The City of Mustang identified in a letter to Yukon officials Aug. 2 that while the idea of a joint water treatment facility is an “excellent long-term solution,” it is a premature idea at this time.
“Mustang continues to invest in its current infrastructure and must continue to do so over the next several years in order to maximize them,” City Manager Tim Rooney wrote in his letter to Yukon City Manager Tammy Kretchmar.
Of its 13 wells, Mustang currently has two arsenic filtration systems for two and 12, which had been out of commission, due to high levels in the water. According to the World Health Organization, arsenic, which is a chemical element commonly found in sulfur and metals, is typically found in groundwater throughout the U.S., posing a public health risk.
Long-term exposure to arsenic primarily causes skin lesions and skin cancer. For more information, visit who.int.
The Central Oklahoma Water Resource Authority, in conjunction with engineering firm Garver, discussed the joint treatment facility as the best option for both communities to have water for more than 50 years. With the facility, the cities would also not have to purchase as much water from Oklahoma City.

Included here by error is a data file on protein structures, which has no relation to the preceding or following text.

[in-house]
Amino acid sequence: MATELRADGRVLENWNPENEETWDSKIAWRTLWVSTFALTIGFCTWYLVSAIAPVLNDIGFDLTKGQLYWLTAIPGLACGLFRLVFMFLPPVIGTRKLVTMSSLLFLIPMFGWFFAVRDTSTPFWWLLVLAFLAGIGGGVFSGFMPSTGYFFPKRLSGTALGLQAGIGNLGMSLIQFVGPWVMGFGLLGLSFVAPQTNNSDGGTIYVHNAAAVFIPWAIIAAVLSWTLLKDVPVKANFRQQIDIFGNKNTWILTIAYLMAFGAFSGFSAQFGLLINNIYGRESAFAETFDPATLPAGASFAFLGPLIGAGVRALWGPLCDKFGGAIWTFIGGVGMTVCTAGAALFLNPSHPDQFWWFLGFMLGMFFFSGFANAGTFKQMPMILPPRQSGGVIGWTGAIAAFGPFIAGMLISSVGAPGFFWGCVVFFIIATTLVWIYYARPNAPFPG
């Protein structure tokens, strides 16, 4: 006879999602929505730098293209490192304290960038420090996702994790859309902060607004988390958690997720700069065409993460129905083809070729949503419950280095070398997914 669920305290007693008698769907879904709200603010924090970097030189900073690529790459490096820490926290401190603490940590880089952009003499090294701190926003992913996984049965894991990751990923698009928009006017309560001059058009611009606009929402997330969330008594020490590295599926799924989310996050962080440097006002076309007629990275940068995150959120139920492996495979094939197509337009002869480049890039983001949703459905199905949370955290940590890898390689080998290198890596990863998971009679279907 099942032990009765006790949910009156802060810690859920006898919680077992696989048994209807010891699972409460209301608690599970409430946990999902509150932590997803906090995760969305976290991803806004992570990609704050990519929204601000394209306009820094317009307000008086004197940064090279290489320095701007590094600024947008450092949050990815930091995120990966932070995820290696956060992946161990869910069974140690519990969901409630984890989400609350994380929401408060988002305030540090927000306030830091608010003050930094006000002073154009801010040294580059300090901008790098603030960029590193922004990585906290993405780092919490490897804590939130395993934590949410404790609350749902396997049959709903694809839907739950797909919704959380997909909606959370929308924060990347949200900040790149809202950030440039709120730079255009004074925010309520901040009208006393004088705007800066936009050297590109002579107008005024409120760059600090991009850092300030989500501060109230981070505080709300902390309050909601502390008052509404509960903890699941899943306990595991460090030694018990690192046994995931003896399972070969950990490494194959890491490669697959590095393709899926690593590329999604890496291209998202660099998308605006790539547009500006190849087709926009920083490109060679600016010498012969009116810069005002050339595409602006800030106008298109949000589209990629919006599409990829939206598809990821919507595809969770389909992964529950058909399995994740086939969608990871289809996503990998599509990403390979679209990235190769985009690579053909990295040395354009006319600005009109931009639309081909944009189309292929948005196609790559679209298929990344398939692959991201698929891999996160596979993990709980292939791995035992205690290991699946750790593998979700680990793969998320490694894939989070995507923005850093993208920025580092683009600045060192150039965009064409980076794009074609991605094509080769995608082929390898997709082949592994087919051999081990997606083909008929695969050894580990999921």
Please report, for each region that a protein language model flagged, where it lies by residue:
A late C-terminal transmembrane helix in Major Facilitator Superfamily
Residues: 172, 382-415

A joint facility would be about $21 million.
Since Mustang and Yukon have indicated they will be pursuing individual options, regarding arsenic treatment in their water wells, COWRA will not pursue any more initiatives for Canadian County without further direction from city leaders, COWRA chairman Jay Adams said.
The Mustang City Council will discuss the future of COWRA and the council’s involvement at its next work session either in September or October, Rooney said.
“We believe Mustang and Yukon can work together on following the plan set forth by COWRA when it is appropriate for both parties to do so,” he wrote.